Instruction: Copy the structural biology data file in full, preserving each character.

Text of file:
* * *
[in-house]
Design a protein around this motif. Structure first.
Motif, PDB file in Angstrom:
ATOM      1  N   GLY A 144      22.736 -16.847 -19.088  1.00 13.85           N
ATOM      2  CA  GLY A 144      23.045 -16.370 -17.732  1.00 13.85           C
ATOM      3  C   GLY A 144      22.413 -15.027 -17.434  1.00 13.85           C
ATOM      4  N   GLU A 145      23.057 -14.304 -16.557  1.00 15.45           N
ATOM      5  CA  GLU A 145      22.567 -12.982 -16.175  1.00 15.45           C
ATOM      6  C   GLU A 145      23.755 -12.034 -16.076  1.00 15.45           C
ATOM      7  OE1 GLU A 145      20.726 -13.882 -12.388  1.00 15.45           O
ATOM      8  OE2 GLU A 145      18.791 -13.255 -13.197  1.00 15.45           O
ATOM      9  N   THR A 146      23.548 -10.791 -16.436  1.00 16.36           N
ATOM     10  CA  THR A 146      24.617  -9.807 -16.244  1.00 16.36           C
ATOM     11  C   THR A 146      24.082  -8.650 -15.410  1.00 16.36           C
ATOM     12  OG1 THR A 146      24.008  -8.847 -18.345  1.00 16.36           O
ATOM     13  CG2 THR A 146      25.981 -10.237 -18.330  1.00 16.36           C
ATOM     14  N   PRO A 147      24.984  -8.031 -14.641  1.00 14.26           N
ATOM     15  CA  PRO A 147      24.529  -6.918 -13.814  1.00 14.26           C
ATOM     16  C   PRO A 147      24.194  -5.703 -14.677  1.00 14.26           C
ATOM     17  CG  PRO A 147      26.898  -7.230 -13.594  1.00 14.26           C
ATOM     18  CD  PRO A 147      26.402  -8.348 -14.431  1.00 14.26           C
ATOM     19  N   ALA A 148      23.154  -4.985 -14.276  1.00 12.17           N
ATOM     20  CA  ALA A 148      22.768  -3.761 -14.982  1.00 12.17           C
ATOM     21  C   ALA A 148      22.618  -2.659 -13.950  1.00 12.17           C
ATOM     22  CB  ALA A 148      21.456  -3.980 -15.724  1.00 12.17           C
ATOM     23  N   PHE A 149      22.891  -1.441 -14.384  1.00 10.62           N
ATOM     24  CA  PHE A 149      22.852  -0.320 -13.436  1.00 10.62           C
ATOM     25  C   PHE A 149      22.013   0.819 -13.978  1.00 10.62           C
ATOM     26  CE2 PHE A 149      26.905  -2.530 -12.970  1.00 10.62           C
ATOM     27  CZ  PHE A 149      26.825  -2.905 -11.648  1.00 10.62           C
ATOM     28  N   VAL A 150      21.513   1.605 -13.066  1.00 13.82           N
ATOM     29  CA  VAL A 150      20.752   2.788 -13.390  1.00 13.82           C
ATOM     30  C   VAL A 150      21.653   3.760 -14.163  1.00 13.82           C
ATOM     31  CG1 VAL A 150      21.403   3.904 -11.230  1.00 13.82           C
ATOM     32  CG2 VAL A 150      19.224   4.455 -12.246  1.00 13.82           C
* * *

[in-house]
Design a protein around this motif. Structure first.
Motif, PDB file in Angstrom:
ATOM      1  N   GLY A 144      22.736 -16.847 -19.088  1.00 13.85           N
ATOM      2  CA  GLY A 144      23.045 -16.370 -17.732  1.00 13.85           C
ATOM      3  C   GLY A 144      22.413 -15.027 -17.434  1.00 13.85           C
ATOM      4  N   GLU A 145      23.057 -14.304 -16.557  1.00 15.45           N
ATOM      5  CA  GLU A 145      22.567 -12.982 -16.175  1.00 15.45           C
ATOM      6  C   GLU A 145      23.755 -12.034 -16.076  1.00 15.45           C
ATOM      7  OE1 GLU A 145      20.726 -13.882 -12.388  1.00 15.45           O
ATOM      8  OE2 GLU A 145      18.791 -13.255 -13.197  1.00 15.45           O
ATOM      9  N   THR A 146      23.548 -10.791 -16.436  1.00 16.36           N
ATOM     10  CA  THR A 146      24.617  -9.807 -16.244  1.00 16.36           C
ATOM     11  C   THR A 146      24.082  -8.650 -15.410  1.00 16.36           C
ATOM     12  OG1 THR A 146      24.008  -8.847 -18.345  1.00 16.36           O
ATOM     13  CG2 THR A 146      25.981 -10.237 -18.330  1.00 16.36           C
ATOM     14  N   PRO A 147      24.984  -8.031 -14.641  1.00 14.26           N
ATOM     15  CA  PRO A 147      24.529  -6.918 -13.814  1.00 14.26           C
ATOM     16  C   PRO A 147      24.194  -5.703 -14.677  1.00 14.26           C
ATOM     17  CG  PRO A 147      26.898  -7.230 -13.594  1.00 14.26           C
ATOM     18  CD  PRO A 147      26.402  -8.348 -14.431  1.00 14.26           C
ATOM     19  N   ALA A 148      23.154  -4.985 -14.276  1.00 12.17           N
ATOM     20  CA  ALA A 148      22.768  -3.761 -14.982  1.00 12.17           C
ATOM     21  C   ALA A 148      22.618  -2.659 -13.950  1.00 12.17           C
ATOM     22  CB  ALA A 148      21.456  -3.980 -15.724  1.00 12.17           C
ATOM     23  N   PHE A 149      22.891  -1.441 -14.384  1.00 10.62           N
ATOM     24  CA  PHE A 149      22.852  -0.320 -13.436  1.00 10.62           C
ATOM     25  C   PHE A 149      22.013   0.819 -13.978  1.00 10.62           C
ATOM     26  CE2 PHE A 149      26.905  -2.530 -12.970  1.00 10.62           C
ATOM     27  CZ  PHE A 149      26.825  -2.905 -11.648  1.00 10.62           C
ATOM     28  N   VAL A 150      21.513   1.605 -13.066  1.00 13.82           N
ATOM     29  CA  VAL A 150      20.752   2.788 -13.390  1.00 13.82           C
ATOM     30  C   VAL A 150      21.653   3.760 -14.163  1.00 13.82           C
ATOM     31  CG1 VAL A 150      21.403   3.904 -11.230  1.00 13.82           C
ATOM     32  CG2 VAL A 150      19.224   4.455 -12.246  1.00 13.82           C